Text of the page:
ADDITIONAL NOTES
The Department of Labor is a good beginning, but it’s not the only spot for this kind of thing. Have you ever heard of “The Dismal Scientist?” Bookmark this website! It’s a keeper. http://www.economy.com/dismal/

Visit the Census Bureau Economic Programs which monitors what sectors are hot and which are not. http://www.census.gov/econ/www/

Check out the Economics Statistics Briefing Room! This is what the President reads when he considers the state of the union! http://www.whitehouse.gov/fsbr/employment.html

The friendly folks at Briefing.com will keep you current with their live market analysis. http://www.briefing.com/FreeServices/

Okay, what if you are feeling a bit too antsy? What if after reading all of that you say to yourself, “Self, you are just too lazy to do all of that research, act on it and stay current on all of that stuff.” To that I would say, there are any number of tools designed to motivate you. Anything that helps you put the hours in to make the best strategic move might prove very worthwhile. However, if you were still unwilling, I would bring to your attention Plan B.

Plan B is to conduct a survey of old clients (if you have any) and those you would love to be your clients to gather data more directly. I can imagine the bewilderment in some of your eyes, so let me give you a play-by-play.

Scenario #1 – No clients at all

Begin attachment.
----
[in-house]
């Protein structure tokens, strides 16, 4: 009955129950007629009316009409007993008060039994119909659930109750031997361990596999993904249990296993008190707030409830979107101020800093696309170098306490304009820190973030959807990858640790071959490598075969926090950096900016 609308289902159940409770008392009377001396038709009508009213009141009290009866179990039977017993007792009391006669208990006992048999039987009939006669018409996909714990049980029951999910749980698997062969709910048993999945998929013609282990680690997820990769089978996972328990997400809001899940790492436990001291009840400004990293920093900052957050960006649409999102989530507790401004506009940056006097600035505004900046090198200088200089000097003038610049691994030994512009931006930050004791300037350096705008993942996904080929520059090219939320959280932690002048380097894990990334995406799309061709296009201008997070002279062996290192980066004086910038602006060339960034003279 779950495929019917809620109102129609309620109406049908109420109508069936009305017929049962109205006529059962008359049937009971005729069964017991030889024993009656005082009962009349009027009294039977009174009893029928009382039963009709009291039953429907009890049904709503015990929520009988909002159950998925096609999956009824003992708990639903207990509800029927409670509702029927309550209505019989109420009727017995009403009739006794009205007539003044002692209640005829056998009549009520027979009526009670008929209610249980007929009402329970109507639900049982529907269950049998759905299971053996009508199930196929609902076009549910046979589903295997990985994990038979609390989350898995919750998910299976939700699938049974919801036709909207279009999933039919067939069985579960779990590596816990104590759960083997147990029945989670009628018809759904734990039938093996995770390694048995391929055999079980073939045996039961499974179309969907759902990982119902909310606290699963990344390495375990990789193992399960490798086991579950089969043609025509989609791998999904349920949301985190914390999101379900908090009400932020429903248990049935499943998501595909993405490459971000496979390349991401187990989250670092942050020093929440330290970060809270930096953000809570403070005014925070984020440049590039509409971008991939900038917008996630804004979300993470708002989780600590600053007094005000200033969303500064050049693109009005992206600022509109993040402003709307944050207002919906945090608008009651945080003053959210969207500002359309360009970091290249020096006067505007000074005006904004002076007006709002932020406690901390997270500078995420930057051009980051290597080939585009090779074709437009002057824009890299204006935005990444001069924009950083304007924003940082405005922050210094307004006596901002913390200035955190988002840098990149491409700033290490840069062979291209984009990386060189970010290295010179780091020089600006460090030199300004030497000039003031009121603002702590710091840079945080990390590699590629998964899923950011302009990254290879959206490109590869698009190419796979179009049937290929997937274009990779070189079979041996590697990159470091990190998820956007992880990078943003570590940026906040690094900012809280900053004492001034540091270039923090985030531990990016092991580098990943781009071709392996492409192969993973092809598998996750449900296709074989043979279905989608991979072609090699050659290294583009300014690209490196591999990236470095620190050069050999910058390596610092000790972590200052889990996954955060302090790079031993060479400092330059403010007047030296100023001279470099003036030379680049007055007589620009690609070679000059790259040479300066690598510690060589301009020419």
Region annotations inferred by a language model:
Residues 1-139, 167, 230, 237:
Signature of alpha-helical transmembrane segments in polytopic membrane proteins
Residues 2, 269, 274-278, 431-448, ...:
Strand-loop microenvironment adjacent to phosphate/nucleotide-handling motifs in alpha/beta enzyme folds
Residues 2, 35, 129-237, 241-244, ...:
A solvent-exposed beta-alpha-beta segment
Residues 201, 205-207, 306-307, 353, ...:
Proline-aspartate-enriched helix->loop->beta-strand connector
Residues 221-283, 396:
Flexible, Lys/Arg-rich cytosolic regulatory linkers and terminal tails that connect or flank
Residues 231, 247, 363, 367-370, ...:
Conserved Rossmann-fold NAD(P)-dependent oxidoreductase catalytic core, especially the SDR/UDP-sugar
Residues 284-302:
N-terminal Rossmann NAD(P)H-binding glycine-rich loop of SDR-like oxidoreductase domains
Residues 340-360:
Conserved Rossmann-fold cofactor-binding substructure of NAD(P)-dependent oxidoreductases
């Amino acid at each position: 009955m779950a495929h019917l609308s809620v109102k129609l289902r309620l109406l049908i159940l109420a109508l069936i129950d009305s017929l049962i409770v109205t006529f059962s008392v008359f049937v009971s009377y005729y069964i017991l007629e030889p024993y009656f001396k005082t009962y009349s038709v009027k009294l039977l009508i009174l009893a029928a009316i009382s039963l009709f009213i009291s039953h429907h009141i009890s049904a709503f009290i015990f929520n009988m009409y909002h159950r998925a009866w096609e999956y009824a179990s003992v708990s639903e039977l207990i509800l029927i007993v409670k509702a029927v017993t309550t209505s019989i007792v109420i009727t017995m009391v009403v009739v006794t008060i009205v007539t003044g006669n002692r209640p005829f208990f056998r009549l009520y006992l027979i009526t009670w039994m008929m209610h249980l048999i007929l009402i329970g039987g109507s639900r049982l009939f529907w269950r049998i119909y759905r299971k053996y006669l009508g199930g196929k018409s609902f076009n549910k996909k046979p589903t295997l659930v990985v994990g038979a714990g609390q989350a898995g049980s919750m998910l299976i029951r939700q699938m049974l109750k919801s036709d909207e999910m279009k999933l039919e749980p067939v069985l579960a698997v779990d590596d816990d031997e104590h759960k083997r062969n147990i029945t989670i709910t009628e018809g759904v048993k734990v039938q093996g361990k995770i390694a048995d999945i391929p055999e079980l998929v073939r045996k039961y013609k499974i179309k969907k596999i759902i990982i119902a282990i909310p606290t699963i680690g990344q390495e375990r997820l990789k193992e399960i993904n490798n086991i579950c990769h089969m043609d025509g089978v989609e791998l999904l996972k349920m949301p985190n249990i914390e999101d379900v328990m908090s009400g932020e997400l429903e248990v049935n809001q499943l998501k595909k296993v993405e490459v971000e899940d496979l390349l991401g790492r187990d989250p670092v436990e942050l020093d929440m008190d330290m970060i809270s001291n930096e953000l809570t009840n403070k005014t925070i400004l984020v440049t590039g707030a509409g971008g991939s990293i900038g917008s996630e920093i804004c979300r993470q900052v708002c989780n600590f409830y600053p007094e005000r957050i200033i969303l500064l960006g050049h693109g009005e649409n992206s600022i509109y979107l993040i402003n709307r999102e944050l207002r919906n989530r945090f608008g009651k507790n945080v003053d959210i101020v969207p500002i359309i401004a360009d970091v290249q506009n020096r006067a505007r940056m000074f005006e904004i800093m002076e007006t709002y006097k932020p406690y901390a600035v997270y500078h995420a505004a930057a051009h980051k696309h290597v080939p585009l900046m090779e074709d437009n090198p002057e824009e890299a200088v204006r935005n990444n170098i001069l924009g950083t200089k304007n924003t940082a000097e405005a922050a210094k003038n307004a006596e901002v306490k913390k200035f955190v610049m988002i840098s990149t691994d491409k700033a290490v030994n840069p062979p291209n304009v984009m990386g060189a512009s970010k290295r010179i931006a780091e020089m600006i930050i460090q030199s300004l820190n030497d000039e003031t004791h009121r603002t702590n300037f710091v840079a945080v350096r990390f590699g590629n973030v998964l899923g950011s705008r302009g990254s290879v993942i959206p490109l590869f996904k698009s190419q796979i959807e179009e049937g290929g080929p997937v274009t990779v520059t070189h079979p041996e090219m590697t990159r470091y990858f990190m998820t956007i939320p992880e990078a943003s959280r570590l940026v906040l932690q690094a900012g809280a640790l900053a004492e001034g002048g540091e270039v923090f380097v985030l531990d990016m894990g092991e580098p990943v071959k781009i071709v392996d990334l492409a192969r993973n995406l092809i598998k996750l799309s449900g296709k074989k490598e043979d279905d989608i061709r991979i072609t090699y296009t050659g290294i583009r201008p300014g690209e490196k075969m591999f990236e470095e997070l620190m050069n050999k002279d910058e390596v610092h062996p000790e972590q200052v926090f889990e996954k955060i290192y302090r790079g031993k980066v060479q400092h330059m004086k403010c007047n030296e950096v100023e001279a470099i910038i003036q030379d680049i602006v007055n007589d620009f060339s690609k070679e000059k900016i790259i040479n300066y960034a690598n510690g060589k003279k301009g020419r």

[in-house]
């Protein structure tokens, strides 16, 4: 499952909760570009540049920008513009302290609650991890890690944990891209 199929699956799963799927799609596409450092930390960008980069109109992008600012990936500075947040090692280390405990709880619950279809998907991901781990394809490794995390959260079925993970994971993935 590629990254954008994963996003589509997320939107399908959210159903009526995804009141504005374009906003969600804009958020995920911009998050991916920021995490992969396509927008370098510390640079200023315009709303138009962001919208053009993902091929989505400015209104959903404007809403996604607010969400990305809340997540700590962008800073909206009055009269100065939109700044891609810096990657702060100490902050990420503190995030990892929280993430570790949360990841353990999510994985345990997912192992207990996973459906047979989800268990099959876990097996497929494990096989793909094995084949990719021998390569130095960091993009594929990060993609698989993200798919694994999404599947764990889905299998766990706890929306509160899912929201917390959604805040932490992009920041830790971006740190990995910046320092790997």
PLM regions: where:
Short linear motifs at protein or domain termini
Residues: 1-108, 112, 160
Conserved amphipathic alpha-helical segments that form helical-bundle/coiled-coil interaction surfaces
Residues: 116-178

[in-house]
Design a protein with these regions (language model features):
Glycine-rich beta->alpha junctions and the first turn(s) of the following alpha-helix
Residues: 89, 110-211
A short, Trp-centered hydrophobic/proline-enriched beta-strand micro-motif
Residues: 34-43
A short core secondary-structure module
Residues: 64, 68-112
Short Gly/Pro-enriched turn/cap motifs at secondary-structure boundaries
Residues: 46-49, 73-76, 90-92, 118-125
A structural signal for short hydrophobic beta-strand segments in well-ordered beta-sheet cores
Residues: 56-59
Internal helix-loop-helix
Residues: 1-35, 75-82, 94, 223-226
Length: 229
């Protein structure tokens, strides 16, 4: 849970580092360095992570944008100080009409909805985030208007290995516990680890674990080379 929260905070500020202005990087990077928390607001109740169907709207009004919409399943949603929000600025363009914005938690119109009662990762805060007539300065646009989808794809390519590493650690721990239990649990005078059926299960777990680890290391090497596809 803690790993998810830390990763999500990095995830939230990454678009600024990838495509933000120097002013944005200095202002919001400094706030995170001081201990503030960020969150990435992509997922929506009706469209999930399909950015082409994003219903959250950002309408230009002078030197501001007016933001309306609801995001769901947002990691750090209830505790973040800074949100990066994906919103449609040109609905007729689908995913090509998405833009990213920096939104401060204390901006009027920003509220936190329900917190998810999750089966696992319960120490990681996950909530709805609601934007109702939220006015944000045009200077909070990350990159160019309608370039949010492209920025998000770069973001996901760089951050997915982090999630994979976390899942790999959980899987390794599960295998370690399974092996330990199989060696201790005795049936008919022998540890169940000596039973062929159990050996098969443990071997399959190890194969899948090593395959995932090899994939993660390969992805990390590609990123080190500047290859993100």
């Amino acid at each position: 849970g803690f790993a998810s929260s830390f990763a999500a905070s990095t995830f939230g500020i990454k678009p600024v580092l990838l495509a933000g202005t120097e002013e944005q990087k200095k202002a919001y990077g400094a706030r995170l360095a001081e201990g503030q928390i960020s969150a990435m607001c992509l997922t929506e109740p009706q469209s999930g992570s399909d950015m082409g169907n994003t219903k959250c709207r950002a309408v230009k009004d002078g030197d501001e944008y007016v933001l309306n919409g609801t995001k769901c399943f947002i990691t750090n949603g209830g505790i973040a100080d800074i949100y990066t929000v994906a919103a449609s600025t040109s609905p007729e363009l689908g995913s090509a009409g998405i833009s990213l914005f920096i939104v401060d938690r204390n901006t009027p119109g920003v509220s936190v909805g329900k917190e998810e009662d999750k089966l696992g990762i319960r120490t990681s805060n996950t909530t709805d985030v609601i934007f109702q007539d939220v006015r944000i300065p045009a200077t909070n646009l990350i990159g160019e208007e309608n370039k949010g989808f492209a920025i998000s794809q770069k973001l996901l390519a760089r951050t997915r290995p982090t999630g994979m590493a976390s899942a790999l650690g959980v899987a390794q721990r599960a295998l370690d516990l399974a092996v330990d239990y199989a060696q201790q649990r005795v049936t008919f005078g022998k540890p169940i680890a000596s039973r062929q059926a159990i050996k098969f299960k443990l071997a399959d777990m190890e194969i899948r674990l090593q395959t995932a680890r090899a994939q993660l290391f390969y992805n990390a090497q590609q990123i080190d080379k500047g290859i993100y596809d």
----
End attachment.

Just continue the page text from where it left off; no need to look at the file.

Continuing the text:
1. There are plenty of websites in cyberspace to which writers may submit their work. They are called “Free Content” sites and they generally operate as a place where online magazines can get free articles for publishing. (Take a peek at this link for example: http://www.ideamarketers.com//). Whether or not you are a great writer is irrelevant to utilizing this technique.

2. Contact the Gatekeepers and explain that you are writing an article (which you are) on industry trends. Ask Gatekeeper if you could forward a questionnaire for the purpose of routing it to specific workers/management (see the example at the end of this post).

3. Hopefully the gatekeeper will forward the questionnaire. Make sure that your questionnaire requests that all answers be emailed to you. (This of course creates a link for future contact that will enable you to follow-up after your article is completed. Who knows what can happen then?)

Scenario #2 – Old Clients

This is easy. Just call your old contacts, see where they are, ask them for their forecasts for the next quarter and begin preparing now. No gimmick needed when you already have an “in” to exploit.

SAMPLE SURVEY
Name: Job Title: What are your job functions? Do you anticipate hiring in the next quarter? If yes, in what areas? What do you think will be the future of your industry in the coming months?

Thank you for your answers! Your response will be added to a survey of employers that serve your industry. By submitting your opinion, you will automatically receive notification of this survey’s results. Please send your comments to: John Q. via email to: Recruiter@recruitersrus.com